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UW–Madison and Sandia National Laboratories expand strategic partnership

April 22, 2024
Two people sit at a table in a room, while a line of people stand behind them.

Rob Leland, Director of the Climate Change Security Center at Sandia National Laboratories, and Cynthia Czajkowski, Interim Vice Chancellor for Research at UW–Madison, surrounded by leadership from the College of Letters & Science, the College of Engineering, and the College of Agricultural & Life Sciences, celebrate the signing of a memorandum of understanding (MOU) between the two institutions.

At a ceremony earlier this month in Bascom Hall, research leadership from the University of Wisconsin–Madison and Sandia National Laboratories, the largest of the Department of Energy National Laboratories, celebrated the signing of a memorandum of understanding (MOU) between the two institutions for a strategic partnership to sustain the future of science and engineering for national security.

UW–Madison’s science and engineering capabilities and history of partnerships make it a principal research center for topics of national security importance, such as quantum science and climate change.

“This MOU really cements the strategic partnership between Sandia National Laboratories and UW–Madison, and opens the door to further collaboration between these two research powerhouses,” said Cynthia Czajkowski, UW–Madison’s Interim Vice Chancellor for Research (VCR). “UW–Madison is known for innovating for the public good, which is the Wisconsin Idea. We really are trying to build solutions for societal challenges at the forefront of innovation. This strategic partnership is built with that spirit of collaboration for us towards this common goal of finding solutions for societal problems.”

“Sandia wants to expand our relationships with the great public research universities, and I am delighted to be a part of the effort here at the University of Wisconsin–Madison,” said Rob Leland, Director of Sandia’s Climate Change Security Center. “We’re also delighted because of the incredible breadth and depth in STEM fields that Wisconsin brings to the table. And that gives us a lot of possible touchpoints and connections and things to work with. This is something that Sandia values quite strongly and we’re here for the long term.”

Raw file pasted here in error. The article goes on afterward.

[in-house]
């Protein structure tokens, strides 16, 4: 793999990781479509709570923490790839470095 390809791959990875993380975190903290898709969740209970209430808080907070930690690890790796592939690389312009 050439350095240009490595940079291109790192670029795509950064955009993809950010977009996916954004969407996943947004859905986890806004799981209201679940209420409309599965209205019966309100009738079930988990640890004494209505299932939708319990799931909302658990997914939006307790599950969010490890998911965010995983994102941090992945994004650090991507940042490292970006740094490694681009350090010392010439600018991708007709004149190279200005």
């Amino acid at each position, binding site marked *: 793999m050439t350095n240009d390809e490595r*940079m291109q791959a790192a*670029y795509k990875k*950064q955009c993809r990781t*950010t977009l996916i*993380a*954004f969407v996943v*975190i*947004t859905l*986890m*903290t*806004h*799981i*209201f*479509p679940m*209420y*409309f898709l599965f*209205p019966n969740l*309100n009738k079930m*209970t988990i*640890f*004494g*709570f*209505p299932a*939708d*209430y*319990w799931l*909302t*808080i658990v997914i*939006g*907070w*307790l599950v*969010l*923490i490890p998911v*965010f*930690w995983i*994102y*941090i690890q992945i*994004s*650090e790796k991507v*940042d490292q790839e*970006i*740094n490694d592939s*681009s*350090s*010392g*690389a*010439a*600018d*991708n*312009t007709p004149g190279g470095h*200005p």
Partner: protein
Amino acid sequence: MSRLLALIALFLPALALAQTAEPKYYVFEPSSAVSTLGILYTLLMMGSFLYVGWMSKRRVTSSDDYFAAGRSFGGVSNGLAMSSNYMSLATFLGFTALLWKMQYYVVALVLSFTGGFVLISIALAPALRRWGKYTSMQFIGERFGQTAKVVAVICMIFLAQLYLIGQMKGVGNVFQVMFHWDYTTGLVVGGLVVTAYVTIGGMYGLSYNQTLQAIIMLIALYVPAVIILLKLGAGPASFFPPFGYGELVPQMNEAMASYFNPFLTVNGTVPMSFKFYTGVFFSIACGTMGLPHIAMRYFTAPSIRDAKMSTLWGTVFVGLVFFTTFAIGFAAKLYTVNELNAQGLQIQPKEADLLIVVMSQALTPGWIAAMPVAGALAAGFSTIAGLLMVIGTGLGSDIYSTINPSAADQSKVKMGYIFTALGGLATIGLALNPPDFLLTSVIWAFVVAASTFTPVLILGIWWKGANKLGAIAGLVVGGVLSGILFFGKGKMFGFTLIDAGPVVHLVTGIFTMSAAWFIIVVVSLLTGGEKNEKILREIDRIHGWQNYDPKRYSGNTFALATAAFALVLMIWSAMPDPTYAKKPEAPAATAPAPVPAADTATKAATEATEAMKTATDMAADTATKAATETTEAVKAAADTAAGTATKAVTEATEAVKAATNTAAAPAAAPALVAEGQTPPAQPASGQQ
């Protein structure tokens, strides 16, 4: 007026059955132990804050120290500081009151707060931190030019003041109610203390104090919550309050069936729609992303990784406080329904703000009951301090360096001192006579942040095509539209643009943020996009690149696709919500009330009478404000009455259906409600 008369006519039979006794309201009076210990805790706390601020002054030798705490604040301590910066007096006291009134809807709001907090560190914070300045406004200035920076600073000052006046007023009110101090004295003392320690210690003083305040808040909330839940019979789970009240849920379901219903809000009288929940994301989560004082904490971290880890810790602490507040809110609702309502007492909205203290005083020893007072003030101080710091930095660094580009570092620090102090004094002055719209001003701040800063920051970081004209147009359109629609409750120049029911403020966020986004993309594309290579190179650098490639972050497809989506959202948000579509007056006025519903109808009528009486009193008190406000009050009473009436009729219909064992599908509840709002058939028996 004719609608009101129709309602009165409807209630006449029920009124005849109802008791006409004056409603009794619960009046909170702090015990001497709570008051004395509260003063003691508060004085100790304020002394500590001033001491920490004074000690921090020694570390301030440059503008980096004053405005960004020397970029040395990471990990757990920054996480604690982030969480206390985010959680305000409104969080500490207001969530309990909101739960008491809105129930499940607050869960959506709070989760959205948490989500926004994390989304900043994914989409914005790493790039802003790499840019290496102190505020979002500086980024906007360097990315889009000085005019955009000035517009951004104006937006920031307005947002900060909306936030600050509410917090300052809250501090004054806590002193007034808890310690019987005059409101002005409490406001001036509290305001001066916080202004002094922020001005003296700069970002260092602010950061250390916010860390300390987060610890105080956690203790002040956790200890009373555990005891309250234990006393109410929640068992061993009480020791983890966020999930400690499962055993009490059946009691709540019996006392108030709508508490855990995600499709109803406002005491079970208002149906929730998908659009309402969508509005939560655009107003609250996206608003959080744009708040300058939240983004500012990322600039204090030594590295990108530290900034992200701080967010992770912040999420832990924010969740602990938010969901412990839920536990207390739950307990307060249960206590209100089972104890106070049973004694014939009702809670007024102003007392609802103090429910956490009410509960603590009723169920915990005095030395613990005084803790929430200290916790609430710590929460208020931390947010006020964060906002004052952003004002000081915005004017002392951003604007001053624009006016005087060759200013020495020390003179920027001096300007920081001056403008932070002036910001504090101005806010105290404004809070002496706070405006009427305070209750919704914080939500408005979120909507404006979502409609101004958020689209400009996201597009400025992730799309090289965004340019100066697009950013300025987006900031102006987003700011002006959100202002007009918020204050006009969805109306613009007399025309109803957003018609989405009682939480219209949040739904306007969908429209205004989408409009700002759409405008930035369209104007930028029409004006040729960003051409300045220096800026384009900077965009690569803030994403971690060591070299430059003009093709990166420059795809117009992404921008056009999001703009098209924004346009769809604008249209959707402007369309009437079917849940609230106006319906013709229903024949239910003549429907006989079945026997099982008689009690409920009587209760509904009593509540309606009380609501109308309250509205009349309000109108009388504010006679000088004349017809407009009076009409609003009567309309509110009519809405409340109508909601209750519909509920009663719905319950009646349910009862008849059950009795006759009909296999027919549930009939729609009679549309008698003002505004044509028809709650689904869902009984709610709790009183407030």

The MOU supports collaboration between Sandia research staff and UW–Madison faculty, staff, and students to support complementary institutional goals, and supports projects and access to funding sources not normally available to either institution alone. The partnership also supports unique opportunities for internships for students at both the undergraduate and graduate levels, as well as postdoctoral research. Under the agreement, UW–Madison and Sandia may also share personnel, expertise, capabilities, and infrastructure in areas of common strategic interest.

According to the MOU, the drivers for this agreement are the evolving makeup of the national research landscape; the complex nature of the problems that are important to the economy and security of the nation; the challenge of attracting, growing, and retaining a sufficient base of qualified researchers; the availability and mechanisms for funding to solve these big problems; and the benefits of collaboratively creating and disseminating new ideas and technologies for the public good.

During their three-day visit to campus, Leland; UW alum Erik Webb, campus executive for the Sandia/UW–Madison partnership; and Nicole Streu, Sandia’s senior technical recruiter, met with researchers from the College of Letters & Science (L&S), the College of Engineering, the College of Agricultural & Life Sciences (CALS), and several research institutes and centers around campus, to learn more about how UW–Madison’s areas of expertise align with Sandia’s own diverse research priorities.

Research areas and labs reviewed by Sandia included Physics, the Wisconsin Quantum Institute, Computer Sciences, Statistics, Botany, Geoscience, Atmospheric and Oceanic Sciences, the Space Science and Engineering Center (SSEC), multiple fusion and clean energy initiatives led by Engineering, the Clean Energy Community Initiative, the Wisconsin Electric Machines and Power Electronics Consortium (WEMPEC), the Wisconsin Energy Institute (WEI) and Great Lakes Bioenergy Research Center (GLBRC), the Cryo-Electron Microscopy Research Center (CEMRC), and the Midwest Center of Excellence for Vector-borne Disease. It was all topped off with ice cream from the Babcock Dairy Plant.

“We are deeply impressed with the University of Wisconsin–Madison’s depth and breadth of science, engineering, and social and policy efforts focused on the global climate challenge as well as the cutting edge and truly unique experimental facilities we saw,” said Webb. “This relationship is of great importance to Sandia National Laboratories, and we are committed to a long, productive, and nationally impactful relationship.”

Sandia National Laboratories is a multimission federal laboratory with an annual budget of $4.8 billion operated by National Technology and Engineering Solutions of Sandia, LLC, a wholly owned subsidiary of Honeywell International, Inc., for the U.S. Department of Energy’s National Nuclear Security Administration (NNSA). Sandia Labs has major research and development responsibilities in nuclear deterrence, global security, defense, energy technologies, and economic competitiveness, with main facilities in Albuquerque, New Mexico, and Livermore, California.